100% biobased thermally stable polyamide possible from turpentine oil waste


In Germany, researchers at the Fraunhofer Institute for Interfacial Engineering and Biotechnology IGB are investigating a sustainable alternative for the production of new high-performance plastics from terpenes found in resin-rich wood. The natural substances are available from conifers such as pine, larch or spruce. In the production of pulp, in which wood is broken down to separate the cellulose fibers, the terpenes are isolated in large quantities as a by-product, turpentine oil.

In the joint project “TerPa – Terpenes as building blocks for biobased polyamides”, researchers have succeeded in optimizing the synthesis of lactams from the terpene 3-carene and converting them into a scalable, competitive process on a potentially industrial scale.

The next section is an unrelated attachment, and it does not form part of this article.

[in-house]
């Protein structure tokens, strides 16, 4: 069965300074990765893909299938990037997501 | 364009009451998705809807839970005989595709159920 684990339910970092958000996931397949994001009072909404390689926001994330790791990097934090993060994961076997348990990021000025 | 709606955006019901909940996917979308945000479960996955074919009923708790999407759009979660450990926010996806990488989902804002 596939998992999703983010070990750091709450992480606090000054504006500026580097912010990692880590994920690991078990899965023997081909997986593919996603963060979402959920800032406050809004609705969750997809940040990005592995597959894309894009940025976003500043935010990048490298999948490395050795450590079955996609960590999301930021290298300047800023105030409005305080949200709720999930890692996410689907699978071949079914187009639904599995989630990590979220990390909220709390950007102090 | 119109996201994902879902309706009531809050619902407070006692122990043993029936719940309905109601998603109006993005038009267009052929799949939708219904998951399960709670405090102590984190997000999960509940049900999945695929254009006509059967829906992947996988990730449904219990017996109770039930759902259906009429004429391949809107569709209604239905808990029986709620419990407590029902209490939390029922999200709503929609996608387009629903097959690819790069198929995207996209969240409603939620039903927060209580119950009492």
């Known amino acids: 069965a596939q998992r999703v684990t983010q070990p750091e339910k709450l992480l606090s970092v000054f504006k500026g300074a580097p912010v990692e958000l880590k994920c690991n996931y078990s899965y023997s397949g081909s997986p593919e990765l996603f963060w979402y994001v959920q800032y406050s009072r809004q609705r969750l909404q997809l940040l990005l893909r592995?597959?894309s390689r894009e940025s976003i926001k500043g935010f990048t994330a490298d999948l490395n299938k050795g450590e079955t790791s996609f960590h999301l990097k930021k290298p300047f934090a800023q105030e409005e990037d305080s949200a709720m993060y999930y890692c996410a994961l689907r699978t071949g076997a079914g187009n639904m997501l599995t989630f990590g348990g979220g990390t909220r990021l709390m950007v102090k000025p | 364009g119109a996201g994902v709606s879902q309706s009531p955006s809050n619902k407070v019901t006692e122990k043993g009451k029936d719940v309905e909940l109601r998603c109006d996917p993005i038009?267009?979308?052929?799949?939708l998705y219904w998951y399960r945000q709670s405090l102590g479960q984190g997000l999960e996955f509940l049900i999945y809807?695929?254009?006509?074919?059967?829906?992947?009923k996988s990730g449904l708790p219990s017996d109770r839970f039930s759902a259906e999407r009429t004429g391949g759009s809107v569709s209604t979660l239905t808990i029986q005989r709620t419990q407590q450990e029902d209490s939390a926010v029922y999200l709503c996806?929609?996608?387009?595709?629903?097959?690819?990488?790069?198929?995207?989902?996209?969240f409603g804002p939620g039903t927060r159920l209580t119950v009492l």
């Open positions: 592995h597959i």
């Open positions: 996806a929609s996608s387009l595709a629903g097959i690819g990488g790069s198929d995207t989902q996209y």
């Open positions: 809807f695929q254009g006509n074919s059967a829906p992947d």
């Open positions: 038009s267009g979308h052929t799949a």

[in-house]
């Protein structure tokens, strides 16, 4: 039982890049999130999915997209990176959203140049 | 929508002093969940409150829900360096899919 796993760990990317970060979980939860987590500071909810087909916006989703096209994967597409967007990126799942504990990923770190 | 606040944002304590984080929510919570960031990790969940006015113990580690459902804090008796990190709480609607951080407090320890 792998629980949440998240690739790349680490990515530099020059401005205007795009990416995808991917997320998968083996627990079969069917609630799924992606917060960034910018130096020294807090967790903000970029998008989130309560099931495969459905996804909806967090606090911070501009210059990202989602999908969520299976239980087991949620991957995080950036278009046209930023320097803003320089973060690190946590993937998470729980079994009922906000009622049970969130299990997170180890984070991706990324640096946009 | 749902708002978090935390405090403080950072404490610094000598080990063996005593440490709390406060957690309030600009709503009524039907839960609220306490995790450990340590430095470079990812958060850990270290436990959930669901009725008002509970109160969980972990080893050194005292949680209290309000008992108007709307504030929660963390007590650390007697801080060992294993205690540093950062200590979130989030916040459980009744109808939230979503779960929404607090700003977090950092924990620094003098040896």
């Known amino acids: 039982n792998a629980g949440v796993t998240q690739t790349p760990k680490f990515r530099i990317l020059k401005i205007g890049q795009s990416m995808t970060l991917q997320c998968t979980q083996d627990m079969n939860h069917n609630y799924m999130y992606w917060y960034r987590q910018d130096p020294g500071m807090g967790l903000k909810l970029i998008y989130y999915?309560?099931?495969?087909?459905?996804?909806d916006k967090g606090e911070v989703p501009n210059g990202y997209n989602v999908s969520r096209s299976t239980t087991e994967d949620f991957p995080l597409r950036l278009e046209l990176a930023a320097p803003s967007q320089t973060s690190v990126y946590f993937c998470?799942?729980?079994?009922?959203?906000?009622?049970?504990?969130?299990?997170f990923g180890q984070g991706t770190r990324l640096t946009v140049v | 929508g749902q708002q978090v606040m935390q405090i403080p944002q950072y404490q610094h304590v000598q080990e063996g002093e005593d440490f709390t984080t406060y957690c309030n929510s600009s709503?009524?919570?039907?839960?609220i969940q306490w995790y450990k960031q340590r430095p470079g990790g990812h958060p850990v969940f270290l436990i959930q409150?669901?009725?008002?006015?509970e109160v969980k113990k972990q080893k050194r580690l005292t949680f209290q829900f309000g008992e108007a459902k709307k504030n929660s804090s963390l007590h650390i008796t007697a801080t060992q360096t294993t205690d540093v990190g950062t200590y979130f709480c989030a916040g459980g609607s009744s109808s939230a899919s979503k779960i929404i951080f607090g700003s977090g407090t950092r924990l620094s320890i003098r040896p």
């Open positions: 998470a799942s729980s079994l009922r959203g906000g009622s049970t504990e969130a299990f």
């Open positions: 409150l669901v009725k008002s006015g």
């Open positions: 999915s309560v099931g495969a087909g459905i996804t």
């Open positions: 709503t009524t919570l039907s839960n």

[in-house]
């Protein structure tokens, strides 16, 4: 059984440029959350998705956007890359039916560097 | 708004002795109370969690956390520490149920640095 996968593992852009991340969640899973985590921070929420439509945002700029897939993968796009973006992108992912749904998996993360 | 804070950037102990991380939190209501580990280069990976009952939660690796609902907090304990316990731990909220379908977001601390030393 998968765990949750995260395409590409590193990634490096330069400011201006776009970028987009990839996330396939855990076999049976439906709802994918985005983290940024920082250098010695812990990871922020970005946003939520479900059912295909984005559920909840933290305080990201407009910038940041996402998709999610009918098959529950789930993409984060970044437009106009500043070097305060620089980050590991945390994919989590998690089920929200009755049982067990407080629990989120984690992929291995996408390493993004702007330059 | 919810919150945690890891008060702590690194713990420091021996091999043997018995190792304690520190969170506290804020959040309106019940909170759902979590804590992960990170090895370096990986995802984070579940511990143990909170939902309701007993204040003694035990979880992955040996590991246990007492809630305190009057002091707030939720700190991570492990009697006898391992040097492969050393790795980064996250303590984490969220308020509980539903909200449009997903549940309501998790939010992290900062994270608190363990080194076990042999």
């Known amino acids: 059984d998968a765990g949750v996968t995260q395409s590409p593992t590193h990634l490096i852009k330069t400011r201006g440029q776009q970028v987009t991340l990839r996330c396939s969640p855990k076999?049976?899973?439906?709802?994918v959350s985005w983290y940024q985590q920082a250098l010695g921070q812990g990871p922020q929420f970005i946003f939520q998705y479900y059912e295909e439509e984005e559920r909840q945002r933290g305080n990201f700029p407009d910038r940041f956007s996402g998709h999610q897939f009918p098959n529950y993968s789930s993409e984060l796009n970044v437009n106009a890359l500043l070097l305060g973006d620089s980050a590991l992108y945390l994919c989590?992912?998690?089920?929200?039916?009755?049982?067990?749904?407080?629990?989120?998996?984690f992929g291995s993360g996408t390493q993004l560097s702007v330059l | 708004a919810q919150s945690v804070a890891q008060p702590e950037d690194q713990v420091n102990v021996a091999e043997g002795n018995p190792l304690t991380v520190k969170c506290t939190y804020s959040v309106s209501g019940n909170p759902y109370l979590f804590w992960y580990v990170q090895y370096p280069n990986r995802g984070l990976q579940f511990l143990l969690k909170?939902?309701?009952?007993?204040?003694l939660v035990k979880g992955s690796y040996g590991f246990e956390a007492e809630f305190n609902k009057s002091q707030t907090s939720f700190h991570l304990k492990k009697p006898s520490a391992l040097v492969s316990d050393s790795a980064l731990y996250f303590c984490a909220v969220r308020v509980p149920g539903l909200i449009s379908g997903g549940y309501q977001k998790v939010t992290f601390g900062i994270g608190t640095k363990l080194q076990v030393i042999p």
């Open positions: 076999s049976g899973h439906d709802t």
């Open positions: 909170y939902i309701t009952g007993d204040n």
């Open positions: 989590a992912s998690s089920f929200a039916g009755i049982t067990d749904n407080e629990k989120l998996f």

“Even on a laboratory scale, our process delivers more than 100 grams of diastereomerically pure lactam monomer per production run. This quantity is quite sufficient for initial investigations of the production and evaluation of the new plastics,” Stockmann said. Other advantages include no toxic or environmentally hazardous chemicals are required for the synthesis of the lactam, they have excellent thermal properties, they use less energy input than fossil fuel derived polyamides, and they are transparent which makes it suitable for visors or googgles.